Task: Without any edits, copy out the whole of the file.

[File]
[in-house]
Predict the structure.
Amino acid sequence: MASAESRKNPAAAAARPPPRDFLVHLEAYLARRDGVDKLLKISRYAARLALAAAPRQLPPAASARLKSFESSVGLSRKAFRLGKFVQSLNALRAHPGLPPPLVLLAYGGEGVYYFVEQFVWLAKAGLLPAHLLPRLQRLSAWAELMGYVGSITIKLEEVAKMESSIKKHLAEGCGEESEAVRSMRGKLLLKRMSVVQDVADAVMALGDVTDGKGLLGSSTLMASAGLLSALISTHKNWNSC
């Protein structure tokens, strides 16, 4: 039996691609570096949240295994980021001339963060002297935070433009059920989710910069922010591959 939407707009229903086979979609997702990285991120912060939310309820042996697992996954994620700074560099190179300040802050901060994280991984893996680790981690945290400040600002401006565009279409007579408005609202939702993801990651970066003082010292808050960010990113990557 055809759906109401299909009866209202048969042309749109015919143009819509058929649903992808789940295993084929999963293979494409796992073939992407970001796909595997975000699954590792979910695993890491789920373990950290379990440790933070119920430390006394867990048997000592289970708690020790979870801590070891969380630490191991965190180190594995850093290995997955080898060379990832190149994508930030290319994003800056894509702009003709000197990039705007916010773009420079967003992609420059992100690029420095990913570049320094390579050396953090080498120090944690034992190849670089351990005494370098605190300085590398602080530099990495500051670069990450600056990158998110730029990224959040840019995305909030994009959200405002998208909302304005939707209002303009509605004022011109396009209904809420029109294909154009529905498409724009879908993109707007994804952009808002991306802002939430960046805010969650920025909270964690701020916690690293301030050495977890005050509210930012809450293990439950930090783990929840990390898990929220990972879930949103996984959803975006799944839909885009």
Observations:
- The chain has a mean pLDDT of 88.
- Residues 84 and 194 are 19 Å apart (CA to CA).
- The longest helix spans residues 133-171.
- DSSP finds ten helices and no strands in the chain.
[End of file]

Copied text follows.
[in-house]
Predict the structure.
Amino acid sequence: MASAESRKNPAAAAARPPPRDFLVHLEAYLARRDGVDKLLKISRYAARLALAAAPRQLPPAASARLKSFESSVGLSRKAFRLGKFVQSLNALRAHPGLPPPLVLLAYGGEGVYYFVEQFVWLAKAGLLPAHLLPRLQRLSAWAELMGYVGSITIKLEEVAKMESSIKKHLAEGCGEESEAVRSMRGKLLLKRMSVVQDVADAVMALGDVTDGKGLLGSSTLMASAGLLSALISTHKNWNSC
């Protein structure tokens, strides 16, 4: 039996691609570096949240295994980021001339963060002297935070433009059920989710910069922010591959 939407707009229903086979979609997702990285991120912060939310309820042996697992996954994620700074560099190179300040802050901060994280991984893996680790981690945290400040600002401006565009279409007579408005609202939702993801990651970066003082010292808050960010990113990557 055809759906109401299909009866209202048969042309749109015919143009819509058929649903992808789940295993084929999963293979494409796992073939992407970001796909595997975000699954590792979910695993890491789920373990950290379990440790933070119920430390006394867990048997000592289970708690020790979870801590070891969380630490191991965190180190594995850093290995997955080898060379990832190149994508930030290319994003800056894509702009003709000197990039705007916010773009420079967003992609420059992100690029420095990913570049320094390579050396953090080498120090944690034992190849670089351990005494370098605190300085590398602080530099990495500051670069990450600056990158998110730029990224959040840019995305909030994009959200405002998208909302304005939707209002303009509605004022011109396009209904809420029109294909154009529905498409724009879908993109707007994804952009808002991306802002939430960046805010969650920025909270964690701020916690690293301030050495977890005050509210930012809450293990439950930090783990929840990390898990929220990972879930949103996984959803975006799944839909885009």
Observations:
- The chain has a mean pLDDT of 88.
- Residues 84 and 194 are 19 Å apart (CA to CA).
- The longest helix spans residues 133-171.
- DSSP finds ten helices and no strands in the chain.